Lifeboat Pier House and RNLI Boathouse, 1953
The move of the Lifeboat will take place on Saturday 25 September when the boat will be ‘pulled’ by the present Whitby Lifeboat Crew & Volunteers as it would have been when it was in service with the RNLI; the timetable for the move is:
Saturday 25 Sep 2021
0930hrs - Lifeboat moved from Museum on Pier Road to Bandstand area opposite the Museum
1030hrs - Lifeboat pulled from the Bandstand along Pier Road to Baxtergate
1100hrs to 1530hrs - Lifeboat on display at Baxtergate area
1530hrs - Lifeboat moved from Baxtergate to Coates Marine’s Boatyard via New Quay Road & Langbourne Road
If you are in Whitby on the day of the Lifeboat move it would be great to see you at the Museum prior to the pull of the Lifeboat or as the boat is moved along Pier Road to the Bridge/Baxtergate area where the boat will be on display from 1000hrs to 1530hrs. There will be opportunity to say hello and hear more about the Museum’s renovation.
RNLI Lifeboat Robert and Ellen Robson, 1955
The Rubie class RNLI lifeboat 'Robert & Ellen Robson', built in 1918, served in Whitby from 1947-1955, her last service being a historic event for the RNLI as it was the last time a rowing lifeboat was ever used in operational service.
During her time on service at Whitby the historic lifeboat was mainly launched to escort fishing vessels into the harbour in bad weather, however one of the more unusual services she was involved in was on 5th October 1949 when she was used to rescue seventeen geology students from Aberdeen University who were cut off on the infamous Black Nab.
The Robert and Ellen Robson escorting Pandora B, September 1949
Whitby's lifeboat museum, in the town's former lifeboat station building, is a flagship for the RNLI and visited by thousands every year. The museum will close (although the shop will remain open) from 20 Sept 2021 to allow work to commence to create an exciting new visitor experience within the museum, aiming to re-open early summer 2022.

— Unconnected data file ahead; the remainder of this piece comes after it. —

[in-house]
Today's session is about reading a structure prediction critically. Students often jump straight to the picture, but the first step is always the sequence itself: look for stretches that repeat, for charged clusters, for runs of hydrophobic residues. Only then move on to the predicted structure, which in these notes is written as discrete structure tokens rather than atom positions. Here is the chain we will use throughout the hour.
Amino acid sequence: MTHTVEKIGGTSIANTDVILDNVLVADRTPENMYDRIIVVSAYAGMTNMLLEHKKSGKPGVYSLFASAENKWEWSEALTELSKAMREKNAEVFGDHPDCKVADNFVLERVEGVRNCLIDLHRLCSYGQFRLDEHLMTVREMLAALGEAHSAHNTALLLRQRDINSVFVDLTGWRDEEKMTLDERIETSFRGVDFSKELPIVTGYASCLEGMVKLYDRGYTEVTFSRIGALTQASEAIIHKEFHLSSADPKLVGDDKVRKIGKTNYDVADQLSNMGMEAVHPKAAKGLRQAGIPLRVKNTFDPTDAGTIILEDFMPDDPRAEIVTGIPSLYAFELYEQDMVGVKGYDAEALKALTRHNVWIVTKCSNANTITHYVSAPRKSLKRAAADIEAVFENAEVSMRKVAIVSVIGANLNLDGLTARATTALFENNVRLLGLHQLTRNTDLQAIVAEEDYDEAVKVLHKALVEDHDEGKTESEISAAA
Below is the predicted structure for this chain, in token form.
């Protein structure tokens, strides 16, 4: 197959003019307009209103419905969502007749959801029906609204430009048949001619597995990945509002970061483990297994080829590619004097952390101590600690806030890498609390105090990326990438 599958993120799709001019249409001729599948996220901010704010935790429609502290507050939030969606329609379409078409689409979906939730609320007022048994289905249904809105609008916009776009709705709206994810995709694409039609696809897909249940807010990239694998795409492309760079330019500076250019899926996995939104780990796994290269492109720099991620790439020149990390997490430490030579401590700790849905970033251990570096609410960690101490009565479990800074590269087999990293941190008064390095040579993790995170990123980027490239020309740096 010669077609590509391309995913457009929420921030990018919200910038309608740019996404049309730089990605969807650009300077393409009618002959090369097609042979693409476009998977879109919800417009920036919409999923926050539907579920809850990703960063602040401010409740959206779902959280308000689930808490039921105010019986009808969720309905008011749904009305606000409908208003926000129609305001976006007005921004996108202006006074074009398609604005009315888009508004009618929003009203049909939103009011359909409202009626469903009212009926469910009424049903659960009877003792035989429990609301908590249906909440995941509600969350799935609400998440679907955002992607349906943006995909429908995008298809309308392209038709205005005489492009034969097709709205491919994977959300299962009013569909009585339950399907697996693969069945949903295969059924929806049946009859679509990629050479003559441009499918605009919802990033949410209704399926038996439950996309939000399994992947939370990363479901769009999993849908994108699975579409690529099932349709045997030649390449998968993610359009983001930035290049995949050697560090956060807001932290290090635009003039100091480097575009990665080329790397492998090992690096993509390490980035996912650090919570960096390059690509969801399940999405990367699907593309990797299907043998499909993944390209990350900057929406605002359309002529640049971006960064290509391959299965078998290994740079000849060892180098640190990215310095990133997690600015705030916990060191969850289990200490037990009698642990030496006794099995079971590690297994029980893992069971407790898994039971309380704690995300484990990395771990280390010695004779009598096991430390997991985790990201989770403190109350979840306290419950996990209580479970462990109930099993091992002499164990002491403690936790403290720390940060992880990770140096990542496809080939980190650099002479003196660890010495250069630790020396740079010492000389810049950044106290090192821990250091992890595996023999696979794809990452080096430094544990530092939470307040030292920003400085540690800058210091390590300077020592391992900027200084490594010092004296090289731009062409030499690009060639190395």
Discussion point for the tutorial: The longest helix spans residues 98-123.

Deputy launch authority for Whitby RNLI, and museum curator Neil Williamson said: 'This is an exciting project for the museum and its volunteers. The RNLI has a rich history of lifeboating in Whitby and the pulling of the old lifeboat will be quite a sight as the boat has not moved from its current home since 2002, pulling it by hand as it would have been in the past feels like a nod to those who volunteered before us.'
The stories of Whitby lifeboat and the gallantry of the crew will still be centre stage in the new design, while giving greater opportunity to showcase the unique models, artefacts and the amazing historic pulling lifeboat.
The redevelopment aims to bring the story of Whitby lifeboat and the wider lifesaving work of the RNLI to new audiences, making greater use of interactive, visual and emotive storytelling. This story will highlight how volunteers in all roles play a key part in the work of the RNLI.
Michael Charlton (RNLI Development Manager) who is leading the project said: 'The redevelopment gives new opportunities to inform visitors about how to stay safe by promoting local key water safety messages in a fun and informative way. As a charity, it is important that the museum highlights how the RNLI is funded and how the public can be more involved and support, be that either via a simple donation or by leaving a legacy. In deed the redevelopment is only possible as it is being funded by a generous gift left in a will specifically for the museum as per the wishes of the donor.'